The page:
Scarlett Johansson’s anti-star turn in Under the Skin is a testament to her wealth of thespian imagination. It awes me that she even attempted to play an incomprehensible alien being, let alone that she succeeds to a terrifying degree.

The Immigrant, directed by James Gray

2) The Immigrant, directed by James Gray

Even though this rich melodrama only squeaked into theaters in 2014, it already feels as if it’s been around for decades. As if it’s an artifact from a bygone era, perhaps carved by Gray from a chunk of solid history, as one might make an amulet out of an elephant’s tusk. Walking into a new release this year, I never expected to see anything so pure, full, emotionally direct, and morally thorny. But then, The Immigrant has zero interest in playing to expectations.

The same applies to Marion Cotillard, who takes on a timeworn character type (“Gish-esque waif”) as the star of The Immigrant and makes the part hers. You can add her close-ups (like Elisabeth Moss’s) to the annals of great screen acting, right alongside Bergman and Garbo.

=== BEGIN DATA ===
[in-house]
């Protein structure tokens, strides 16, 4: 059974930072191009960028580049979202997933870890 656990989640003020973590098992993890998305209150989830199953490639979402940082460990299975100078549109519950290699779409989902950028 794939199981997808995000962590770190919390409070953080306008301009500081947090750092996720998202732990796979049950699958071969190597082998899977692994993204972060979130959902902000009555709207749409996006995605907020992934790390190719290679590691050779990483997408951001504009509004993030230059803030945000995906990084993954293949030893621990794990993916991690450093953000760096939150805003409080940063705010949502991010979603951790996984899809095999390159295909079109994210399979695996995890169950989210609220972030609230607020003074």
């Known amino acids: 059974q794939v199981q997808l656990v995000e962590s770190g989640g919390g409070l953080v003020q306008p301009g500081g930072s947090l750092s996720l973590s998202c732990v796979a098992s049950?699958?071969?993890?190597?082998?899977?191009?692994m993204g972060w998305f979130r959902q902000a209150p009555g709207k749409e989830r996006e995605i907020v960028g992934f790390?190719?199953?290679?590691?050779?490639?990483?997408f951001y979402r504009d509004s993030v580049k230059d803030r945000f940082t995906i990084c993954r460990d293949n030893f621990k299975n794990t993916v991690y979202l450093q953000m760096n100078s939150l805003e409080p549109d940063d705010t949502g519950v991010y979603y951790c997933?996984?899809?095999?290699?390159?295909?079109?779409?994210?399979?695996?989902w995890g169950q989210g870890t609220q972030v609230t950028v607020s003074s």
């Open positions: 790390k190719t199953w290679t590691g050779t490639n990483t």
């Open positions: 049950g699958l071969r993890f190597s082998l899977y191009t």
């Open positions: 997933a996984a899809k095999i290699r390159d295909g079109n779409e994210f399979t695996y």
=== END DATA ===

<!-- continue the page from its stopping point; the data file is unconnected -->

The aspect of Jason Schwartzman’s performance in Listen Up Philip that cuts me the deepest is the obvious sadness that will never be met by another human being’s compassion, because he lacks even a shred of the requisite humility.

Under the Skin, directed by Jonathan Glazer

1) Under the Skin, directed by Jonathan Glazer

I hate to hyperbolize, but this is probably a new landmark in science fiction history.  Here, let me put that in hacky pull-quote form: “First came Metropolis, then 2001Star Wars, and now… Under the Skin.” To be terse: it’s just not like other movies.

No actor this year got to me quite like Essie Davis in The Babadook, whose performance incorporates notes of depression, abject terror, and homicidal resentment. She melds uncomfortable realism with outsize metaphor in the way she moves and screams.

And finally, Davis’s total inverse: Ralph Fiennes as the cosmopolitan Gustave H. in The Grand Budapest Hotel. He handles the role’s ornate dialogue, physical comedy, and latent melancholy with the same foppish grace.

[Movies I have yet to see include Beyond the Lights, Force Majeure, Inherent Vice, Love Is Strange, National Gallery, Selma, The Tale of the Princess Kaguya, and Two Days, One Night.]